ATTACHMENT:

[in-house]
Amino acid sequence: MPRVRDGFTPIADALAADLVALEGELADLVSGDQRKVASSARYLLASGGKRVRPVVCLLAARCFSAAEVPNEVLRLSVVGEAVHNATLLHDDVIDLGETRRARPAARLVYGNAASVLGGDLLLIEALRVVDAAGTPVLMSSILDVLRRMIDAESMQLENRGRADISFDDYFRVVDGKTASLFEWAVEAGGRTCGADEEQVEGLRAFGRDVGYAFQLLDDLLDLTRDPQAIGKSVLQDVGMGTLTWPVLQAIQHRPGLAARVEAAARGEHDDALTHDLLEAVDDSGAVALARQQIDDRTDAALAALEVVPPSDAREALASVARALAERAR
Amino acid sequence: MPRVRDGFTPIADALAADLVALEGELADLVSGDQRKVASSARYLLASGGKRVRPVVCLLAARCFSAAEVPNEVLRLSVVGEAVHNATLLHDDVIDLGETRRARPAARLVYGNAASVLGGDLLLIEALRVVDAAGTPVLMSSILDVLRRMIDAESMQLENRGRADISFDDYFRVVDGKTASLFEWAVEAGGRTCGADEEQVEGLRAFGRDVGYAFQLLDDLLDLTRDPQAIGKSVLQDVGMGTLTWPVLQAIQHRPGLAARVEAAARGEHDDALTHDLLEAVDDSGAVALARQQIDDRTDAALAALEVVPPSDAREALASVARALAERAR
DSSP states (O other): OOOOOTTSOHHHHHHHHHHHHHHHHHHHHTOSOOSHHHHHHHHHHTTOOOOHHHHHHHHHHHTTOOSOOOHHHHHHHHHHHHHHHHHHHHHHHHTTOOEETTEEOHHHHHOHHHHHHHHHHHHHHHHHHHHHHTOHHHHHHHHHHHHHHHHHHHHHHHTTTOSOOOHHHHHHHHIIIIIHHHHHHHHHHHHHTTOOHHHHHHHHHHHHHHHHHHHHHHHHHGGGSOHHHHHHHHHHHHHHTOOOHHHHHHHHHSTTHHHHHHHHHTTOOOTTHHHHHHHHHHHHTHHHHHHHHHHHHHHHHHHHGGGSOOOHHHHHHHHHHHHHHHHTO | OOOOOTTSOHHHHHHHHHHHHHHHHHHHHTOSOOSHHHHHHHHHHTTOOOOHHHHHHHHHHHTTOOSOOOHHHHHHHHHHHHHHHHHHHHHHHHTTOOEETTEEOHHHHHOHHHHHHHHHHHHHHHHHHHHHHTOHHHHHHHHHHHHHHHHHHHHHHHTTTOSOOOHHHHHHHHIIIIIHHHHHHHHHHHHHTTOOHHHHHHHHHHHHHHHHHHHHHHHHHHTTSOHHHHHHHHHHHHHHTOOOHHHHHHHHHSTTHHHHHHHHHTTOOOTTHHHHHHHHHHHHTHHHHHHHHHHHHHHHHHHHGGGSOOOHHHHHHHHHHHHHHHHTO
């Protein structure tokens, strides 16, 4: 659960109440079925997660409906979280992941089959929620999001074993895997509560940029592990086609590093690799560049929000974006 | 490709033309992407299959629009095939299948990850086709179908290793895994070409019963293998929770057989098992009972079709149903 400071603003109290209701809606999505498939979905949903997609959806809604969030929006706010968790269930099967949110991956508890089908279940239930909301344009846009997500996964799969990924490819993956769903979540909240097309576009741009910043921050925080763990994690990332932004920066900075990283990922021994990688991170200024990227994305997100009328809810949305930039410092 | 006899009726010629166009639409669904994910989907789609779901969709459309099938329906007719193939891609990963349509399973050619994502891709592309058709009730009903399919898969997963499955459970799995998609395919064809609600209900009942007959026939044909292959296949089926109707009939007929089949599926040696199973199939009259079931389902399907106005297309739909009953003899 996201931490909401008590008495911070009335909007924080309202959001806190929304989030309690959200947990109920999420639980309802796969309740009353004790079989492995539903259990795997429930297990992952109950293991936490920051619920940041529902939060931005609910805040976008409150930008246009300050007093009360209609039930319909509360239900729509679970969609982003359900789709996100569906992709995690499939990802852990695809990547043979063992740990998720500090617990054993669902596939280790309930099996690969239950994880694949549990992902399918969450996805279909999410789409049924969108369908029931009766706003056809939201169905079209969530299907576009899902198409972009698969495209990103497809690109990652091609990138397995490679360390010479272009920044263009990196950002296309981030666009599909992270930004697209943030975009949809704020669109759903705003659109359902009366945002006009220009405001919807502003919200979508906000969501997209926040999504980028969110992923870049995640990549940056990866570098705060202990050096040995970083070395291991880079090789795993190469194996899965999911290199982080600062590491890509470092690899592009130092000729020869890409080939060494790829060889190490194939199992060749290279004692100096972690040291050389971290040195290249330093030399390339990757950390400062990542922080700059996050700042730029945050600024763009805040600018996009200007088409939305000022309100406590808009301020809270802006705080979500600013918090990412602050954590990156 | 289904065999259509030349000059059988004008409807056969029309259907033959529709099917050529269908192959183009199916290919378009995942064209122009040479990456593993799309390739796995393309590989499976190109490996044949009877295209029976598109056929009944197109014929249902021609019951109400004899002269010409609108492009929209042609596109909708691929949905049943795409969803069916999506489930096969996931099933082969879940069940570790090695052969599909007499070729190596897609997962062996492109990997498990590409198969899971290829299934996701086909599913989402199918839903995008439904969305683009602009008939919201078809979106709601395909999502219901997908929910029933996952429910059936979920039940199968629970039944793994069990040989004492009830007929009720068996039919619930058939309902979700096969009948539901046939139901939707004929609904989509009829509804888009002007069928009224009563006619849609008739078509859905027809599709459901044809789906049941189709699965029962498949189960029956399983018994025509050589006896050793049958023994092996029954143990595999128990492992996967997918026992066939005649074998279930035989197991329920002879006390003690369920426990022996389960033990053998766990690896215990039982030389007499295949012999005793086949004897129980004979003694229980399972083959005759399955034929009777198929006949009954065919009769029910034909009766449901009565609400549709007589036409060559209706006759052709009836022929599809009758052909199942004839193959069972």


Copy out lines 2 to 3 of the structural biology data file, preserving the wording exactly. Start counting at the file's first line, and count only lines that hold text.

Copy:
Amino acid sequence: MPRVRDGFTPIADALAADLVALEGELADLVSGDQRKVASSARYLLASGGKRVRPVVCLLAARCFSAAEVPNEVLRLSVVGEAVHNATLLHDDVIDLGETRRARPAARLVYGNAASVLGGDLLLIEALRVVDAAGTPVLMSSILDVLRRMIDAESMQLENRGRADISFDDYFRVVDGKTASLFEWAVEAGGRTCGADEEQVEGLRAFGRDVGYAFQLLDDLLDLTRDPQAIGKSVLQDVGMGTLTWPVLQAIQHRPGLAARVEAAARGEHDDALTHDLLEAVDDSGAVALARQQIDDRTDAALAALEVVPPSDAREALASVARALAERAR
Amino acid sequence: MPRVRDGFTPIADALAADLVALEGELADLVSGDQRKVASSARYLLASGGKRVRPVVCLLAARCFSAAEVPNEVLRLSVVGEAVHNATLLHDDVIDLGETRRARPAARLVYGNAASVLGGDLLLIEALRVVDAAGTPVLMSSILDVLRRMIDAESMQLENRGRADISFDDYFRVVDGKTASLFEWAVEAGGRTCGADEEQVEGLRAFGRDVGYAFQLLDDLLDLTRDPQAIGKSVLQDVGMGTLTWPVLQAIQHRPGLAARVEAAARGEHDDALTHDLLEAVDDSGAVALARQQIDDRTDAALAALEVVPPSDAREALASVARALAERAR